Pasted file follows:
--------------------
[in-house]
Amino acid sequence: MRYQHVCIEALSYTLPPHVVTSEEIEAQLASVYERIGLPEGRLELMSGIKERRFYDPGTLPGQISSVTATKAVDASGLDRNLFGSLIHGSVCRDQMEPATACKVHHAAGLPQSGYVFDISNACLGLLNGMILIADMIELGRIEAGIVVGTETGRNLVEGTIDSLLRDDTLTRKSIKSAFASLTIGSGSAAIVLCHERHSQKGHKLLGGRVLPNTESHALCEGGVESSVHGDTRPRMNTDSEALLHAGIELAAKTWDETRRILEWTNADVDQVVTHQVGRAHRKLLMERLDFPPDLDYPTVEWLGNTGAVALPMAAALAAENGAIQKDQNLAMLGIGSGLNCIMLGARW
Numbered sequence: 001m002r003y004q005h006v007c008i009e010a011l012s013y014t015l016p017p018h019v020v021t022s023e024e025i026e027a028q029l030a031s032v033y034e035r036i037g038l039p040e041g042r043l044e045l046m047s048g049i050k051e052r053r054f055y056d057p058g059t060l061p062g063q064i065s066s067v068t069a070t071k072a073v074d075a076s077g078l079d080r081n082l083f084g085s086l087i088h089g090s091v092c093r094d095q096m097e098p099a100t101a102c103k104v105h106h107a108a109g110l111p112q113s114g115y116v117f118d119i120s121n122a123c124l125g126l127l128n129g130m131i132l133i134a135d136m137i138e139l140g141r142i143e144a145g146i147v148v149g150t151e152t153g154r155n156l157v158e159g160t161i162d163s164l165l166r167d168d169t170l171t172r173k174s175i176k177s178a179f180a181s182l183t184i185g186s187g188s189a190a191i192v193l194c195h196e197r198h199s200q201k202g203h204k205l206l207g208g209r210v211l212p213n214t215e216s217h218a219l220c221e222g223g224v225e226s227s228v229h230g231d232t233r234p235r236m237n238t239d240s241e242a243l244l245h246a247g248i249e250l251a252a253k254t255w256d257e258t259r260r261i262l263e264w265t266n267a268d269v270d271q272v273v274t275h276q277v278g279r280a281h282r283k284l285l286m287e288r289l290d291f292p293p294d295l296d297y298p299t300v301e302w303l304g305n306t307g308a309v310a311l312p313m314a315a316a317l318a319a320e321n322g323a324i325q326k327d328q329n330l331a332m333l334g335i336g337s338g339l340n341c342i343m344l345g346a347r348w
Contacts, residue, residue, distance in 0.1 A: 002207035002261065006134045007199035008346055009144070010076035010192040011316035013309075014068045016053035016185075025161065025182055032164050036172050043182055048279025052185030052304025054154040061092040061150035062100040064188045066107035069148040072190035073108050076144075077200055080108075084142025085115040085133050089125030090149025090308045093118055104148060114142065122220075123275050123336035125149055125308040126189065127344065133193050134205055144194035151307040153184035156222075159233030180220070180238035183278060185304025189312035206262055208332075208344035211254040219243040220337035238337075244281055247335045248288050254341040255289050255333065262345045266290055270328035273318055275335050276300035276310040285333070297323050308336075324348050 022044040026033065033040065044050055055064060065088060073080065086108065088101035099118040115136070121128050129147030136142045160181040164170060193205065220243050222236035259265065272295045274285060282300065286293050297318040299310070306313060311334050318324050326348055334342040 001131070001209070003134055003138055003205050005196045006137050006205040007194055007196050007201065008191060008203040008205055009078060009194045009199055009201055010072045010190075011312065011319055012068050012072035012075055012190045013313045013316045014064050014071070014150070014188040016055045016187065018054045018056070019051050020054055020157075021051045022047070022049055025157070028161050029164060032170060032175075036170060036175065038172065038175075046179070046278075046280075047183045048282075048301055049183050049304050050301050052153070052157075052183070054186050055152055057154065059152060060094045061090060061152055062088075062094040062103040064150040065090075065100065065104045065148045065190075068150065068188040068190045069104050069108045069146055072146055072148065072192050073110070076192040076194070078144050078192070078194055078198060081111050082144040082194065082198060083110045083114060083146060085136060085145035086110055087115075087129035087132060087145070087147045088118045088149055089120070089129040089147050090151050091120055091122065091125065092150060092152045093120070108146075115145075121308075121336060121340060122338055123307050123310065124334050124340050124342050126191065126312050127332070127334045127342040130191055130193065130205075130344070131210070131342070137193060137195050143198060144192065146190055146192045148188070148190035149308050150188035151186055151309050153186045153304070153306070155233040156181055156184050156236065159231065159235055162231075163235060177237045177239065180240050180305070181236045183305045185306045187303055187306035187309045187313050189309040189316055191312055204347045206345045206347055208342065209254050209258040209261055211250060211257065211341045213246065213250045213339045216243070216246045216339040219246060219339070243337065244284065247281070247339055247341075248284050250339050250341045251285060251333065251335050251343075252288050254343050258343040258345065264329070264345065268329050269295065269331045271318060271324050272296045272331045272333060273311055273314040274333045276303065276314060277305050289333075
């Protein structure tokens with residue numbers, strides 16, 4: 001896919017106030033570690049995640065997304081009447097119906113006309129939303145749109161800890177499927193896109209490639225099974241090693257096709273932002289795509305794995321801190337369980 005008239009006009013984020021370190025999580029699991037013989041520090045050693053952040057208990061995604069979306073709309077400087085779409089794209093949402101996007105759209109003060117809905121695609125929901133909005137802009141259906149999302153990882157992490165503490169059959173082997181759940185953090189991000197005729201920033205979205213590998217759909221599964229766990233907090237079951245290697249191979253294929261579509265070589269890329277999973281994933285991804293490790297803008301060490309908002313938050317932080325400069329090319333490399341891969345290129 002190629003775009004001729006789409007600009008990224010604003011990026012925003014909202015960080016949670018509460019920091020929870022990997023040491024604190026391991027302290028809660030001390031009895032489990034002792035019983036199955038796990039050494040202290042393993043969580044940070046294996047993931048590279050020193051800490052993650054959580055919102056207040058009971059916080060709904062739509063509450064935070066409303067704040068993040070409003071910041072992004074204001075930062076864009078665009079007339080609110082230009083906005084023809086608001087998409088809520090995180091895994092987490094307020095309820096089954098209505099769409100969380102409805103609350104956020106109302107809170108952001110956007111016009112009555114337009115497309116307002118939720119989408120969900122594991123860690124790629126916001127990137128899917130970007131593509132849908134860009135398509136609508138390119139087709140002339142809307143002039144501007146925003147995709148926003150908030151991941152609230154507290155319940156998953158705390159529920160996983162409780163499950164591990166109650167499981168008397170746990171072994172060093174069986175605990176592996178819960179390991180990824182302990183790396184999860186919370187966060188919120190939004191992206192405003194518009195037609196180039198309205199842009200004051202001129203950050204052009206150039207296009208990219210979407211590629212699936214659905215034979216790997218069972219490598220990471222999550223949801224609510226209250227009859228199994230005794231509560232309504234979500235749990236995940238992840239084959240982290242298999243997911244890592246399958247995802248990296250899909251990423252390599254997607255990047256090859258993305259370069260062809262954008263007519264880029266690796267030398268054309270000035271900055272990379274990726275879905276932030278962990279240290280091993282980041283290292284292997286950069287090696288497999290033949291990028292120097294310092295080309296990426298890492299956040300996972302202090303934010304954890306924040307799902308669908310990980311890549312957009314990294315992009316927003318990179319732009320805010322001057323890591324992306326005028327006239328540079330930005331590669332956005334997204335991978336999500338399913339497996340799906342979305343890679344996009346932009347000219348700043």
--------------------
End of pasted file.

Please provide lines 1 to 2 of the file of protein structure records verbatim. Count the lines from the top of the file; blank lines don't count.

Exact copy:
[in-house]
Amino acid sequence: MRYQHVCIEALSYTLPPHVVTSEEIEAQLASVYERIGLPEGRLELMSGIKERRFYDPGTLPGQISSVTATKAVDASGLDRNLFGSLIHGSVCRDQMEPATACKVHHAAGLPQSGYVFDISNACLGLLNGMILIADMIELGRIEAGIVVGTETGRNLVEGTIDSLLRDDTLTRKSIKSAFASLTIGSGSAAIVLCHERHSQKGHKLLGGRVLPNTESHALCEGGVESSVHGDTRPRMNTDSEALLHAGIELAAKTWDETRRILEWTNADVDQVVTHQVGRAHRKLLMERLDFPPDLDYPTVEWLGNTGAVALPMAAALAAENGAIQKDQNLAMLGIGSGLNCIMLGARW